Percent Urban Population Fig. 13-1: Percent of the population living in urban areas is usually higher in MDCs than in LDCs.
Large Cities Fig. 13-2: Cities with 2 million or more people. Most of the largest cities are now in LDCs.
Percent Urban by Region Fig. 13-2b: Although under half of the people in most less developed regions are urban, Latin America and the Middle East have urban percentages comparable to MDCs.
Social Differences between Urban and Rural Settlements Louis Wirth argued during the 1930s that an urban dweller follows a different way of life from a rural dweller, (and) defined a city as a permanent settlement that has three characteristics: – large size, – high population density, – and socially heterogeneous people.
Physical Definitions of Urban Settlements The removal of walls and the rapid territorial expansion of cities have blurred the traditional physical differences. Urban settlements today can be physically defined in three ways: – by legal boundary, – as continuously built-up area, – and as a functional area. Legal definition of a city Urbanized area Metropolitan Statistical Area
St. Louis Metropolitan Area Fig. 13-3: The metropolitan area of St. Louis is spread over several counties and two states. It is also a diversified trade center, given its position on the Mississippi River.
Megalopolis Fig. 13-4: The Boston–Washington corridor contains about one-quarter of U.S. population.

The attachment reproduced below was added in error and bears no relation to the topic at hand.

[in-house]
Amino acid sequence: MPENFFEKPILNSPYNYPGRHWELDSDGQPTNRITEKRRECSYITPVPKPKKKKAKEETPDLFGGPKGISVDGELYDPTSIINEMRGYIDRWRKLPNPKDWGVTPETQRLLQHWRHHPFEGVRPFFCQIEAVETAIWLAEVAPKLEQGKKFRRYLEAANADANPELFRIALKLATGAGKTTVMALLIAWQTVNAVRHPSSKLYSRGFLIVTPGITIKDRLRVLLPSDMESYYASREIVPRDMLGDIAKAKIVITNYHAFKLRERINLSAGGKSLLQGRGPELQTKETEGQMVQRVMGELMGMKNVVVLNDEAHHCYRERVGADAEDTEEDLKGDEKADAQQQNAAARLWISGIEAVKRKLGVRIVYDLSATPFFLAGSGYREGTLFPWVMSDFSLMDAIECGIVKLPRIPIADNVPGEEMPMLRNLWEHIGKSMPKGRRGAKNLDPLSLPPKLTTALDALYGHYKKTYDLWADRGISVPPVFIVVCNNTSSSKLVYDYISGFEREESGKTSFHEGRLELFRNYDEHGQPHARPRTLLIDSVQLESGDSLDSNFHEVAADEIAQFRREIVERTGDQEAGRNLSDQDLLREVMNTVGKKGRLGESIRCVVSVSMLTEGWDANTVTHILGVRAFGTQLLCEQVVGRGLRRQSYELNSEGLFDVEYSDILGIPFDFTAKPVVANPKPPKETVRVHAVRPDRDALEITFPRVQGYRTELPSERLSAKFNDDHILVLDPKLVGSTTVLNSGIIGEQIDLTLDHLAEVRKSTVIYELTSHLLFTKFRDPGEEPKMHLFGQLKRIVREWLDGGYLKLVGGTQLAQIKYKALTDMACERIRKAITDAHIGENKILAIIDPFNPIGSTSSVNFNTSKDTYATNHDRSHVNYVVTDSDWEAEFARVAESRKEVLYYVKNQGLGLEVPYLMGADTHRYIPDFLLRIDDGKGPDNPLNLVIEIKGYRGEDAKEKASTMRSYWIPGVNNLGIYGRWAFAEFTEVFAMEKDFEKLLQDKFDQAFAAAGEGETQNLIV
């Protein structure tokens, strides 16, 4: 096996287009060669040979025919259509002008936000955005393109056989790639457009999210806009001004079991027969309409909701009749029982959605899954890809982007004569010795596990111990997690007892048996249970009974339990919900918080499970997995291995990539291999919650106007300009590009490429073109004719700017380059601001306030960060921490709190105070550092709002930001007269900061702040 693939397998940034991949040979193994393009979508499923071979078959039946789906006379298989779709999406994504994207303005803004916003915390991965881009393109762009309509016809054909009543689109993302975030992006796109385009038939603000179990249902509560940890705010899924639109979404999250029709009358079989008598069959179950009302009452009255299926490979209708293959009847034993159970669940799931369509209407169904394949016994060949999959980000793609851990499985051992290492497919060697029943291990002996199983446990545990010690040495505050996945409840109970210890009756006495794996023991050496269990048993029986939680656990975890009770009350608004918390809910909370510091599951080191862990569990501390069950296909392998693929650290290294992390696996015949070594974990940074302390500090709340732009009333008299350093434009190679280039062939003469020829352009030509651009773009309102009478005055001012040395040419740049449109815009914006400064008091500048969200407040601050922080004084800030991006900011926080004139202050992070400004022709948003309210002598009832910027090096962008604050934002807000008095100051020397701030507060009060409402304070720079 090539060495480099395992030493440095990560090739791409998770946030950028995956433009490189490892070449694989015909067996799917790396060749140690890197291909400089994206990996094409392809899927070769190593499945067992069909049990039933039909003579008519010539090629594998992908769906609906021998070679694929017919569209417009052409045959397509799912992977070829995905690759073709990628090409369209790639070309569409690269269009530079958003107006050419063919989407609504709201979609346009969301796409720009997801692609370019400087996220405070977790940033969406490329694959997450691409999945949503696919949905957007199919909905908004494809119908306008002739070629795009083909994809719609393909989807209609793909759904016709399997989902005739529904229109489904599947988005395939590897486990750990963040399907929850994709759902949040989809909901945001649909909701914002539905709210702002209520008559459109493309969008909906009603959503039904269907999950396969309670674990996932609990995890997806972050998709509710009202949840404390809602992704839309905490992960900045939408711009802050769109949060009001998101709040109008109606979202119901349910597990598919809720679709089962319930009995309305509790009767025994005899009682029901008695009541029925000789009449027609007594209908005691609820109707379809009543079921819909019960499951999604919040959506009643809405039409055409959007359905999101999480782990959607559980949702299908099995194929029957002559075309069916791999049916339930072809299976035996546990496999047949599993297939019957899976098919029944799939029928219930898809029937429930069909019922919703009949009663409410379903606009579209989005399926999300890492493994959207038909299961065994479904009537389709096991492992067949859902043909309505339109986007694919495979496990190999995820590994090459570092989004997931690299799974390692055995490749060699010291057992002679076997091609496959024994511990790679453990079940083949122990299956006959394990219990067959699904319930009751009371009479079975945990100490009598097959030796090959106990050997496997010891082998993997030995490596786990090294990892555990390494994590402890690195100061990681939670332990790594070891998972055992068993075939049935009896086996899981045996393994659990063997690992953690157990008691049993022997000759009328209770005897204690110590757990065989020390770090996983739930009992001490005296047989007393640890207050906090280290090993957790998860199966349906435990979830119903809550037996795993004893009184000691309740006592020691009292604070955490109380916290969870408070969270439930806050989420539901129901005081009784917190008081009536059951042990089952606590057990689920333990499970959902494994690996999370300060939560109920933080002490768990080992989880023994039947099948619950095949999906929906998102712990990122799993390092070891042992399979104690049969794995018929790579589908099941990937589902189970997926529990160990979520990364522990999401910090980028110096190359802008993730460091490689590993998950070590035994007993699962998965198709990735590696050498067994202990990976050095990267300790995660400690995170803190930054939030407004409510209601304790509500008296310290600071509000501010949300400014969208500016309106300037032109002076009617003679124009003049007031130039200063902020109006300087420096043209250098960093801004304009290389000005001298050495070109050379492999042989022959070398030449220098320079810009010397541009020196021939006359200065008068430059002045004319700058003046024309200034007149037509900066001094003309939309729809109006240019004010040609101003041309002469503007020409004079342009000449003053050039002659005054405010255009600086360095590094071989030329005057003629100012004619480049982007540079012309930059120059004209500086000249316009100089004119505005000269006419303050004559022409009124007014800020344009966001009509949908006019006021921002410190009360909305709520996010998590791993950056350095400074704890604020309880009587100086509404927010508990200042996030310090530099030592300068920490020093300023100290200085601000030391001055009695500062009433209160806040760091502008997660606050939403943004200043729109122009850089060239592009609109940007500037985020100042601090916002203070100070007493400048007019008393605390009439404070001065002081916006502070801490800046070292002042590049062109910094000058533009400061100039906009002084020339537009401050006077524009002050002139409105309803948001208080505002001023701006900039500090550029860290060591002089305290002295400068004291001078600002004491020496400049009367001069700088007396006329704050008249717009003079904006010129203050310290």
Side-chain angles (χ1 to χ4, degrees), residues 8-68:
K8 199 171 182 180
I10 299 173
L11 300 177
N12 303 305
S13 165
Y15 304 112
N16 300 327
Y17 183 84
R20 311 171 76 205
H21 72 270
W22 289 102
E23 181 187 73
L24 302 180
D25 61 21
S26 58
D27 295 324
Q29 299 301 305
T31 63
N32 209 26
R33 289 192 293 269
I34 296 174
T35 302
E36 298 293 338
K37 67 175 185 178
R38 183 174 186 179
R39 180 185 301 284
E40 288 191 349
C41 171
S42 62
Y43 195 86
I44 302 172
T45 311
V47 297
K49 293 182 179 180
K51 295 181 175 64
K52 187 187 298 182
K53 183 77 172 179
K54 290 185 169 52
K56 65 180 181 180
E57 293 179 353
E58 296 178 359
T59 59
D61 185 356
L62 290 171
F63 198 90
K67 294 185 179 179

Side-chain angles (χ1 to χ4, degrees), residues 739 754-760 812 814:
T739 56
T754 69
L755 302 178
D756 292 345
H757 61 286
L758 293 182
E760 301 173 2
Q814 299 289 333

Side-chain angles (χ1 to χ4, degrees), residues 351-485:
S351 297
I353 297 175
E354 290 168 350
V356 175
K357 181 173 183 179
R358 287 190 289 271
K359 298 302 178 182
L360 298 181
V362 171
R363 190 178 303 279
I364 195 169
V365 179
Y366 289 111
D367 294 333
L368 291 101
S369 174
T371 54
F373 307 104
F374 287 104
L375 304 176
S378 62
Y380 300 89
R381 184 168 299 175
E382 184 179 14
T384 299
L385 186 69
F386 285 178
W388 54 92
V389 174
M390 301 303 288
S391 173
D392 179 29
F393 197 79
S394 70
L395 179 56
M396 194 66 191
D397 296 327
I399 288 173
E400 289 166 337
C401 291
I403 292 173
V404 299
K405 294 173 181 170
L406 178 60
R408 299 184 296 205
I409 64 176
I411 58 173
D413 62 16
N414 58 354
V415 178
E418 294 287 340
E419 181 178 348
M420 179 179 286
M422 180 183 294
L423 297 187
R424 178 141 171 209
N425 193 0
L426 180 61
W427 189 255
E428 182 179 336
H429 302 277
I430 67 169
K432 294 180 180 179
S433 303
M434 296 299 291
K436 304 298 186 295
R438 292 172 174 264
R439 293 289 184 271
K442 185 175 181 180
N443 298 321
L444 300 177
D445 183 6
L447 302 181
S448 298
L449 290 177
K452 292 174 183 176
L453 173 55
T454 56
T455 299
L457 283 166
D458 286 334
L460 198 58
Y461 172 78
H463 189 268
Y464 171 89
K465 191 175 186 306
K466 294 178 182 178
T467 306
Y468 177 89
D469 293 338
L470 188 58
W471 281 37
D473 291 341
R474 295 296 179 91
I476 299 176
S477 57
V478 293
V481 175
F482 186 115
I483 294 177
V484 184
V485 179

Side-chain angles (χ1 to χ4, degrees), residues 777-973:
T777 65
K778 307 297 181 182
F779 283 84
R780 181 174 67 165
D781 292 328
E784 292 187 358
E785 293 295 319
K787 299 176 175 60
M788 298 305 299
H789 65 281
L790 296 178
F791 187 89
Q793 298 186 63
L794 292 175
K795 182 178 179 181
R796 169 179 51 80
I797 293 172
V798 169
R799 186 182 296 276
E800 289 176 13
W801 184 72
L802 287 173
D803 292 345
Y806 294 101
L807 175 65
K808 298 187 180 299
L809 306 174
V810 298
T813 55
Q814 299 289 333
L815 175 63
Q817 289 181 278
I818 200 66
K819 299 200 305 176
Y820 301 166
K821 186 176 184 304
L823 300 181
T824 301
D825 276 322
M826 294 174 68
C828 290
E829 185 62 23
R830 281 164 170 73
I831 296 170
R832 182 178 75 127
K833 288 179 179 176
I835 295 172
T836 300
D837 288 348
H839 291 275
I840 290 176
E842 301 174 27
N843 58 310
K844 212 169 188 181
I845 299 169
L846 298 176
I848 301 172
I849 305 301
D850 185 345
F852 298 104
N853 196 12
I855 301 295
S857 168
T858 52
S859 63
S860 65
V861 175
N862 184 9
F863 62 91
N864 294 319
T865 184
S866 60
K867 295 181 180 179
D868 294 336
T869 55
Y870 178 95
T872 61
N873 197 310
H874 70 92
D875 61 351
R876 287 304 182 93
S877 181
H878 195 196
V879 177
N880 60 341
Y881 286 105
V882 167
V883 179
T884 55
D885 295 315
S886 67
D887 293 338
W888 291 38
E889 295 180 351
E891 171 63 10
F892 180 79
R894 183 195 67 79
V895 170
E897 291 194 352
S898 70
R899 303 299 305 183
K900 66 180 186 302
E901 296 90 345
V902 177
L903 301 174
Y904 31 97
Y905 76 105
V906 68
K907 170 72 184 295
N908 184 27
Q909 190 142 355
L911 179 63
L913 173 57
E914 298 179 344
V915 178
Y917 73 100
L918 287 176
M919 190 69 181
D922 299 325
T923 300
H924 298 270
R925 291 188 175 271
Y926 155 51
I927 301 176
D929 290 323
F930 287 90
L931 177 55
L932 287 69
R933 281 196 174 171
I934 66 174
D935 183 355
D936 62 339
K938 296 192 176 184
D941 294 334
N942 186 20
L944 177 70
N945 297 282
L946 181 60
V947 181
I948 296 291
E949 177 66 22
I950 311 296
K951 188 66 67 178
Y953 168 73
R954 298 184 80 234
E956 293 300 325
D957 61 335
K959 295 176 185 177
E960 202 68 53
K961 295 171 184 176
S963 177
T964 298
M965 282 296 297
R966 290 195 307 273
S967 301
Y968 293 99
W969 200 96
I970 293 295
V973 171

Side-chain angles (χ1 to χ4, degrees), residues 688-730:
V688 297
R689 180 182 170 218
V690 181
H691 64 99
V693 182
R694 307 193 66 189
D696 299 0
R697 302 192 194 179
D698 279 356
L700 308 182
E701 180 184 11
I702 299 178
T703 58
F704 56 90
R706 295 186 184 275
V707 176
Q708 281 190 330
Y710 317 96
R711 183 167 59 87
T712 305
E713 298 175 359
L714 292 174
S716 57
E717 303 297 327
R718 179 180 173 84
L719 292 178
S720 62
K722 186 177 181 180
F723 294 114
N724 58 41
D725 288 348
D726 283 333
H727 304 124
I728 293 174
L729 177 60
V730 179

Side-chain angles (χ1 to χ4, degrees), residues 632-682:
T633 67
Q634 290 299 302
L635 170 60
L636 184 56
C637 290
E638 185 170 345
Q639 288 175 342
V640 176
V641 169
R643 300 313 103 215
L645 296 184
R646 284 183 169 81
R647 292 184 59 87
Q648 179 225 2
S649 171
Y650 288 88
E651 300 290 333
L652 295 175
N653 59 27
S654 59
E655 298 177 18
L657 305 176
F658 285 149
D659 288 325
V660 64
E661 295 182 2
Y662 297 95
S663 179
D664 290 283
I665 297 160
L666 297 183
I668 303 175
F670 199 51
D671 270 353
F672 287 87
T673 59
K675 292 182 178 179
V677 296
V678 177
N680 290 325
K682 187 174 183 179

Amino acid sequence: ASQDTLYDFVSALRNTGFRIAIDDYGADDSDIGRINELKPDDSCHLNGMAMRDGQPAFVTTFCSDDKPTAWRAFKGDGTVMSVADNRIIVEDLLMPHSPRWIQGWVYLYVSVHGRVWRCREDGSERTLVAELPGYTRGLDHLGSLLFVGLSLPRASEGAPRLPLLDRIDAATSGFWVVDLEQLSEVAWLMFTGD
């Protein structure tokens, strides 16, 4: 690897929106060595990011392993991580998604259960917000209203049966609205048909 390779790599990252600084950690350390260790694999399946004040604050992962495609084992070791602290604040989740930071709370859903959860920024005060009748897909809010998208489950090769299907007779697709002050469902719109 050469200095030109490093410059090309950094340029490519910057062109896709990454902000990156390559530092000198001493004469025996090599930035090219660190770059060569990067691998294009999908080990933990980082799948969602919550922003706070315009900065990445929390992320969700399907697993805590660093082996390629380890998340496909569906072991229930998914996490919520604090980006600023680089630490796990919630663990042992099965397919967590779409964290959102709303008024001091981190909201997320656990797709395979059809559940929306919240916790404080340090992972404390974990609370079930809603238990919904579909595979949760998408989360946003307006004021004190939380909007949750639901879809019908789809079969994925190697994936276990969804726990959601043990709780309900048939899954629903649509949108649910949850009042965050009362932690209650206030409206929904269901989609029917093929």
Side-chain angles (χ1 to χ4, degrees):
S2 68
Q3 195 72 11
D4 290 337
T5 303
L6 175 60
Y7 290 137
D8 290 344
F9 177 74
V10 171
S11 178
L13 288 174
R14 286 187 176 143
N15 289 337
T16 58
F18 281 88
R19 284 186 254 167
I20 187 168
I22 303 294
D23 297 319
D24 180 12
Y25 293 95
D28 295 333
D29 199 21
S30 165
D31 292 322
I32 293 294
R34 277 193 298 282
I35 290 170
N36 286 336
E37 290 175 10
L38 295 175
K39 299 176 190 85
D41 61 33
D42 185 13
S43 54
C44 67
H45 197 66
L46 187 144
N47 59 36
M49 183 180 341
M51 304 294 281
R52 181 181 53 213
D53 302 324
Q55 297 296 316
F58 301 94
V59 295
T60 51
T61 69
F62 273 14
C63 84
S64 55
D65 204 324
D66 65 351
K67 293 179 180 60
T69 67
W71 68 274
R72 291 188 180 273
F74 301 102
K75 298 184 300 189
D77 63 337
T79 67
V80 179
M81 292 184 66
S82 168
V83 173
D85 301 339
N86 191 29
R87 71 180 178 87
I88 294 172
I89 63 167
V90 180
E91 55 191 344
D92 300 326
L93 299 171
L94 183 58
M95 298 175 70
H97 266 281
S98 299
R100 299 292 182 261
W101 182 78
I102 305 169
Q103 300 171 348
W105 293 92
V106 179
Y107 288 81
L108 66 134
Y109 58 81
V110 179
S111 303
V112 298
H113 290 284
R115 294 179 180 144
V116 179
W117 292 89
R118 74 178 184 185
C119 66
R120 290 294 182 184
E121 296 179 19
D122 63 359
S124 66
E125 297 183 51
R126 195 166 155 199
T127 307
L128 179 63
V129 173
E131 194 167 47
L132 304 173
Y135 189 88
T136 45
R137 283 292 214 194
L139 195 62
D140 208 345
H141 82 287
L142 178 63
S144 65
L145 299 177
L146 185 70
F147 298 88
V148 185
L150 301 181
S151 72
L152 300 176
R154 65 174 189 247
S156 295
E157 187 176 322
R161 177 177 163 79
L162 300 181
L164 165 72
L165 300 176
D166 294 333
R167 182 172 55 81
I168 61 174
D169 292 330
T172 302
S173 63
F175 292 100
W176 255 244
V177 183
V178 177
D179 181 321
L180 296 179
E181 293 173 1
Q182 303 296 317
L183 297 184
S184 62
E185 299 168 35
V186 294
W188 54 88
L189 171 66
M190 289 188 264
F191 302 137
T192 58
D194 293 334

Urban Structure Three models of urban structure – Concentric zone model – Sector model – Multiple nuclei model – Geographic applications Use of the models outside North America – European cities – Less developed countries
Concentric Zone Model Fig. 13-5: In the concentric zone model, a city grows in a series of rings surrounding the CBD.
Sector Model Fig. 13-6: In the sector model, a city grows in a series of wedges or corridors extending out from the CBD.
Multiple Nuclei Model Fig. 13-7: The multiple nuclei model views a city as a collection of individual centers, around which different people and activities cluster.
How do Geographers apply the models? Urban areas in the United States are divided into census tracts, which contain approximately 5,000 residents and correspond where possible to neighborhood boundaries
Social Area Analysis- Indianapolis: Percent Renters Fig. 13-8: The distribution of renters in Indianapolis illustrates the concentric zone model.
Indianapolis: Household Income Fig. 13-9: The distribution of high income households in Indianapolis is an example of a sector model.
Indianapolis: Ethnic Patterns Fig. 13-10: The distribution of minorities in Indianapolis is an example of a multiple nuclei model.
Professionals in Glasgow Fig. 13-11: Top professionals in Glasgow, Scotland, are more likely to live near the center of the city, in contrast to most U.S. cities.
Less Developed Countries In LDCs, as in Europe, the poor are accommodated in the suburbs, whereas the rich live near the center of cities, as well as in a sector extending from the center. The similarity between European and LDC cities is not a coincidence. Most cities in less developed countries have passed through three stages of development—before European colonization, during the European Colonial period, and since independence.
Latin American City Model Fig. 13-15: In many Latin American cities, the wealthy live in the inner city and in a sector extending along a commercial spine.
Squatter Settlements An area within a city in a LCD in which people illegally establish residences on land they do not own or rent and erect homemade structures